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My original thought was “post hoc” in a post hoc multiple comparison procedure means that the procedure is taken after an omnibus test (such as ANOVA F test) gives a significant result.

But after reading Howell's Statistical Methods for Psychology, “post hoc” in a post hoc multiple comparison procedure means the procedure is planned after data collection, and “prior” in a prior comparison means the procedure is planned before data collection.

So was my original thought wrong?

Is Tukey–Kramer method (Tukey's HSD) post hoc?

How about Scheffe method?


A table from Howell's book (here is link to Google Books, although not having the table):

enter image description here

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As always, your question implicitly asks for some authoritative answer that might very well not exist. Scheffé's method and Tukey's HSD are usually called post-hoc tests, used for unplanned comparisons and conducted after an omnibus test but that's not a requirement for all such methods.

The main argument for a distinction between planned and unplanned tests is that if you always intended to conduct a limited number of tests (planned contrasts), you don't necessarily need to adjust the error level. If, on the other hand, you are just reporting/testing the differences that look big (post-hoc tests), you might be “capitalizing on chance” and you should adjust not only of the tests you conduct/report but for all possible pairwise comparisons/contrasts in your design.

One issue with all this is that it makes the evaluation of the evidence and the result of a study contingent on the intentions of the experimenter, a most counter-intuitive and undesirable state of affairs. This is sometimes held as an argument against null-hypothesis significance testing as used within psychology.

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  • $\begingroup$ Thanks! Besides Scheffe's and Tukey's methods, is any multiple comparison method able to apply as either prior and post hoc? $\endgroup$ – Tim Jul 9 '13 at 12:10
  • $\begingroup$ Also in Table 12.8 in Howell's book, he listed both Scheffe's and Tukey's methods as post hoc. Do you know why not prior there? $\endgroup$ – Tim Jul 9 '13 at 12:22
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    $\begingroup$ (A) I didn't mean to imlpy that Tukey's HSD and Scheffé's method are not appropriate for post-hoc tests, quite the contrary. (B) I feel I have given a good description of why people make a difference between planned and unplanned tests (as good as I could at any rate) but I don't have Howell's book before me right now and I cannot comment on every word and every sentence of every book on the topic. Even if I did disagree, it could also be a slip or typo, a non-standard definition or something that makes sense in a specific context. It's best to focus on substantive issues, not text commentary. $\endgroup$ – Gala Jul 9 '13 at 12:28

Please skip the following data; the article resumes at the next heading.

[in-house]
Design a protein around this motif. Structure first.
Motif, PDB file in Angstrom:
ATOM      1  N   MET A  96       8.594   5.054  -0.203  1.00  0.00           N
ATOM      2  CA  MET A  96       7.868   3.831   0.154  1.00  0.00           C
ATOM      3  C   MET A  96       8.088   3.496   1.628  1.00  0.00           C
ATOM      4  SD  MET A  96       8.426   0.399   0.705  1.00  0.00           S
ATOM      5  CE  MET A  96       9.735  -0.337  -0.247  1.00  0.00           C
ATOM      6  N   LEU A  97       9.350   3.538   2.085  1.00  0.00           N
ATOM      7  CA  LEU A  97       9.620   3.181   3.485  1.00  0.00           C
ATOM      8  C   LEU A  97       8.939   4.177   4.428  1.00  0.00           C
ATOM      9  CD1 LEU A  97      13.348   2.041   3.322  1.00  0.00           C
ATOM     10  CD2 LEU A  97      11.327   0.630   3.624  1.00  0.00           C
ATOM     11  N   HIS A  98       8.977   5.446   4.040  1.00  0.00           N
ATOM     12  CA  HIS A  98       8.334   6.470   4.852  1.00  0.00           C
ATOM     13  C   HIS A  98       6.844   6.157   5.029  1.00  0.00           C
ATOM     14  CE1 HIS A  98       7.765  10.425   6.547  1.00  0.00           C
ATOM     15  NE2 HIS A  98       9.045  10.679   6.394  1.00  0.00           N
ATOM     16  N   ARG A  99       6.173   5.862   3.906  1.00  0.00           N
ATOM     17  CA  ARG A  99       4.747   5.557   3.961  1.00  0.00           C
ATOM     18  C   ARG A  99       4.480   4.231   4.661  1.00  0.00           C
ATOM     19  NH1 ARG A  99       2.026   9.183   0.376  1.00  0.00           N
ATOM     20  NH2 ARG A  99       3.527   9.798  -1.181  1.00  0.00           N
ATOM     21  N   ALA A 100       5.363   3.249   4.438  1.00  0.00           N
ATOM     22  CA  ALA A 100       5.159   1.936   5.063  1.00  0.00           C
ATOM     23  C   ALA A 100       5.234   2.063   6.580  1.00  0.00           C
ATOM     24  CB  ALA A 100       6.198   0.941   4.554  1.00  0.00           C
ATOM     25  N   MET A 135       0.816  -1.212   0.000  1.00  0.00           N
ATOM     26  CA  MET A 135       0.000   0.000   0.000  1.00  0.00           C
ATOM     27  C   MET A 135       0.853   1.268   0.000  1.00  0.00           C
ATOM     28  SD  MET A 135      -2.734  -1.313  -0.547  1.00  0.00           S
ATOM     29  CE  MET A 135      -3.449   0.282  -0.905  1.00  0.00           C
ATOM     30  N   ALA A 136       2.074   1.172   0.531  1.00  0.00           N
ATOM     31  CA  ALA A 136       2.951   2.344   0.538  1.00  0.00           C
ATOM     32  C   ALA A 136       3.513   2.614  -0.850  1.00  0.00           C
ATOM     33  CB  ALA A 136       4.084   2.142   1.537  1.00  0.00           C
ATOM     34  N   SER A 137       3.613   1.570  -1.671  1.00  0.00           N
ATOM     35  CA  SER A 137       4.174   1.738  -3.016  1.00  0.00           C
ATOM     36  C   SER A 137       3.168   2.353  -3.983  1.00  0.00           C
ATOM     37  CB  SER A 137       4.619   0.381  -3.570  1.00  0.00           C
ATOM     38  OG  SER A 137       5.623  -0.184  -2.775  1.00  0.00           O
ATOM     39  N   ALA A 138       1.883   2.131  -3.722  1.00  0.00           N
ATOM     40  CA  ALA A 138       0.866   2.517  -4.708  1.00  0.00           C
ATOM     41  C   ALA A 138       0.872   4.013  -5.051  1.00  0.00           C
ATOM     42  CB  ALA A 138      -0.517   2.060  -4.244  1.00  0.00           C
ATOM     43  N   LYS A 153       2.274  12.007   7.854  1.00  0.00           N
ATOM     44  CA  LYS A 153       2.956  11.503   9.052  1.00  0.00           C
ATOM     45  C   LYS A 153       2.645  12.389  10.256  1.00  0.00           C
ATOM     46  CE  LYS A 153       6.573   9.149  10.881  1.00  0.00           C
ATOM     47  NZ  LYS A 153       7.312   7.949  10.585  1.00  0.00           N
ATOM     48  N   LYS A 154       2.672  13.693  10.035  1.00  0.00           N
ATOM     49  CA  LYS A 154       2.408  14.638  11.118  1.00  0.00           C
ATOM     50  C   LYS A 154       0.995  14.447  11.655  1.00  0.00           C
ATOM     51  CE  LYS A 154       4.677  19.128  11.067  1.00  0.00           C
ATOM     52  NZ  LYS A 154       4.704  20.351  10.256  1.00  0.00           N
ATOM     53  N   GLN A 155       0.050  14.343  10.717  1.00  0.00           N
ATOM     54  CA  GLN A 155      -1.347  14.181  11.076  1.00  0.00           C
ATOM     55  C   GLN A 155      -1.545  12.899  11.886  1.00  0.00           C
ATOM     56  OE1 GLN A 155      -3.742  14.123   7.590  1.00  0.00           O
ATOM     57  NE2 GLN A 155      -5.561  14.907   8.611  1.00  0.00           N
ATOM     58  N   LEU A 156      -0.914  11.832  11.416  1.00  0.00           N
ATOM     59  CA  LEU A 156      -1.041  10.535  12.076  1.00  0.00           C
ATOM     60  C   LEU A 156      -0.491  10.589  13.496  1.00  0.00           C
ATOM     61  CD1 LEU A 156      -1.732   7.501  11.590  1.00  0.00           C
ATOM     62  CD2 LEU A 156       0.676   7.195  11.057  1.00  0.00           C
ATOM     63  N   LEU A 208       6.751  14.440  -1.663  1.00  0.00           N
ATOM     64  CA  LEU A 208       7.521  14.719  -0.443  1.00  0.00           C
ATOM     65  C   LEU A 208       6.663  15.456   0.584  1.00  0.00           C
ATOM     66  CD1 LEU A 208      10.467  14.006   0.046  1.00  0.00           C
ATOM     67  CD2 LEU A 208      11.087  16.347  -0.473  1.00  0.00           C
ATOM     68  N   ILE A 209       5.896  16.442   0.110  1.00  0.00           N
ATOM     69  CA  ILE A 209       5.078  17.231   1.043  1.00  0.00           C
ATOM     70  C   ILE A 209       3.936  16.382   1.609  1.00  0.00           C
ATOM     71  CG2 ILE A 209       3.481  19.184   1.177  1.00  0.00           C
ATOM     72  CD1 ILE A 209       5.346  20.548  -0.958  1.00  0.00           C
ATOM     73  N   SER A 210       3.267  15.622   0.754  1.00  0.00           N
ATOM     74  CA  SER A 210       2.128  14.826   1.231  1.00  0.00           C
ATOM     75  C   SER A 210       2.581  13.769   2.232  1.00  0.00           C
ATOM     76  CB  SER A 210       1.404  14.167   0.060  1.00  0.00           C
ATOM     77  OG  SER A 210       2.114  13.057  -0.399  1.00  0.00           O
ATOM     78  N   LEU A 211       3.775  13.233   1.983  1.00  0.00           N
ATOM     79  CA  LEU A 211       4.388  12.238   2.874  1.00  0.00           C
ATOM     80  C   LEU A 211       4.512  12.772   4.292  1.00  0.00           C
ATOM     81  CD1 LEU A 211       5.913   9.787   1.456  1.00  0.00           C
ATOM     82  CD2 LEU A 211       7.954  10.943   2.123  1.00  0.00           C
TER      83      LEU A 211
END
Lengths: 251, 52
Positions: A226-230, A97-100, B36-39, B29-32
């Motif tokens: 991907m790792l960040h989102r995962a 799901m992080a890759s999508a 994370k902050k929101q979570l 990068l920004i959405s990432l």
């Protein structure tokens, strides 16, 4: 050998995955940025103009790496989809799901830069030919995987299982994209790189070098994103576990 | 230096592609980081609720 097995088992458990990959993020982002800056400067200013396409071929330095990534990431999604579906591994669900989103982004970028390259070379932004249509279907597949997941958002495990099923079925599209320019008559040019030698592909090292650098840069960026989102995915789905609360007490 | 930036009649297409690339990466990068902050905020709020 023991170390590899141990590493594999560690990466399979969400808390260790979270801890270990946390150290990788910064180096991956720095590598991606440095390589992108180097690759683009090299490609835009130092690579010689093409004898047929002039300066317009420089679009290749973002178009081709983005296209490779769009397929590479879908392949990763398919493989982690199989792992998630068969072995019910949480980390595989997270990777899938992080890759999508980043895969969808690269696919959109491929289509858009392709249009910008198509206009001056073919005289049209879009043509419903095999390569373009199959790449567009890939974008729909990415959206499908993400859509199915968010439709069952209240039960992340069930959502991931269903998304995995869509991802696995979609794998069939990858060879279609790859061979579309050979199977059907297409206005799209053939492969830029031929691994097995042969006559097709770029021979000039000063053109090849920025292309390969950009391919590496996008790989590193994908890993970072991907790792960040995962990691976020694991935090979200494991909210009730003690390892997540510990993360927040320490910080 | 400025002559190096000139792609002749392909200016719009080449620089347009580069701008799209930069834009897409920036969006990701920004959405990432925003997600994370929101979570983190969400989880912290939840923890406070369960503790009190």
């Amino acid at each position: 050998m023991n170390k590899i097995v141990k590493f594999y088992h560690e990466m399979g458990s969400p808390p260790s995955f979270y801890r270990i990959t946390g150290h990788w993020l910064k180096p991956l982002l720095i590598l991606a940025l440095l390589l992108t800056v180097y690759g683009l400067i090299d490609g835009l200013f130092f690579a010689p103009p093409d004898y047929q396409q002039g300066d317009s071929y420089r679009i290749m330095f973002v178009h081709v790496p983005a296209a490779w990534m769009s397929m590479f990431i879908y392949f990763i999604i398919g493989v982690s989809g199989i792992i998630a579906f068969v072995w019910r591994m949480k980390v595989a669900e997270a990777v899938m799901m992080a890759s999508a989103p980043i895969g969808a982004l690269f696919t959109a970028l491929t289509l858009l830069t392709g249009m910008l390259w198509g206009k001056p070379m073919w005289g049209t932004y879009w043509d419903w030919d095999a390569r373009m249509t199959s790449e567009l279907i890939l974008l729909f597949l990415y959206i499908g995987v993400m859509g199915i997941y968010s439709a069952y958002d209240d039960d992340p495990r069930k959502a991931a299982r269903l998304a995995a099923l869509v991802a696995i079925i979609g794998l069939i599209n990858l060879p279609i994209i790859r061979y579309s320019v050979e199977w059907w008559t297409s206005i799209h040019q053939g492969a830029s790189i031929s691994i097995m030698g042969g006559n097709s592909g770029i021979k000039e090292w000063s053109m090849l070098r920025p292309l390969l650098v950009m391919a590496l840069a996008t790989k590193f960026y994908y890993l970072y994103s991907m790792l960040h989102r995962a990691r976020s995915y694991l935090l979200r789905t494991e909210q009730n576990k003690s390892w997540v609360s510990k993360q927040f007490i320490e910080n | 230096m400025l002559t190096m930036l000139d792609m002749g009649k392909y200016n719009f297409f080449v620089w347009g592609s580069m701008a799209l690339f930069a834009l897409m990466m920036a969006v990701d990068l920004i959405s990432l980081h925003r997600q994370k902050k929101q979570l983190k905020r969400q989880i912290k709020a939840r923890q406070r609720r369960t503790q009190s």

• $\begingroup$ Thanks. About (A), what I intended to ask is: is it correct, any multiple comparison method (Scheffe's, Tukey's, or any other) can be used as both prior and post hoc, unlike what is mentioned the table in Howell's book? (B) I added link to his book and a picture of the table in my post. Thanks! $\endgroup$ – Tim Jul 9 '13 at 12:33
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    $\begingroup$ It says “most commonly” and “primarily” under the table. There you have it: It's an introductory book geared toward applied researchers providing some practical guidance not a definitive theoretical treatment of these tests. $\endgroup$ – Gala Jul 9 '13 at 12:41
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Your original thought was incorrect. Howell's is correct.

Take the simple t-test, some people just use them for planned or post hoc but adjust their p-values for multiple comparisons.

Both of the tests you mention are typically used post-hoc but could be used for planned tests if the planned tests are expected to have multiple comparison issues. For example, in an ANOVA situation where you do planned contrasts after the ANOVA you may want to test non-orthogonal or simply recognize that there are still problems with multiple comparisons. In that case you might use a traditionally post-hoc procedure.

Also, the conclusions you can reach regarding the two kinds of testing are quite different. A post-hoc test allows you to draw tentative conclusions to guide further research while the planned test speaks directly to the theories that you're examining.

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  • $\begingroup$ Thanks, but what do you mean by "planned" tests? In Howell's book, he contrasts "post hoc" comparisons to "prior" comparisons, and both are planned either after or before data collection. Also do you think Howell's is correct? $\endgroup$ – Tim Jul 8 '13 at 16:07
  • $\begingroup$ prior = planned...Howell's is addressed in the answer. $\endgroup$ – John Jul 8 '13 at 16:09
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Many people--as well as SPSS--do in fact use the term "post hoc" the way you initially described. Howell's usage may be more common. But rather than argue about which definition is "right," the important thing is to know that when you see the term used it may mean different things. Becase it is so inconsistently used, it's probably best to avoid using the term yourself unless it is absolutely clear what you mean. This problem is discussed in Frane, 2015, "Planned Hypothesis Tests Are Not Necessarily Exempt From Multiplicity Adjustment"

Incidentally, Howell's classification of given multiple comparison procedures as being strictly for a priori or unplanned tests appears to be rather arbitrary.

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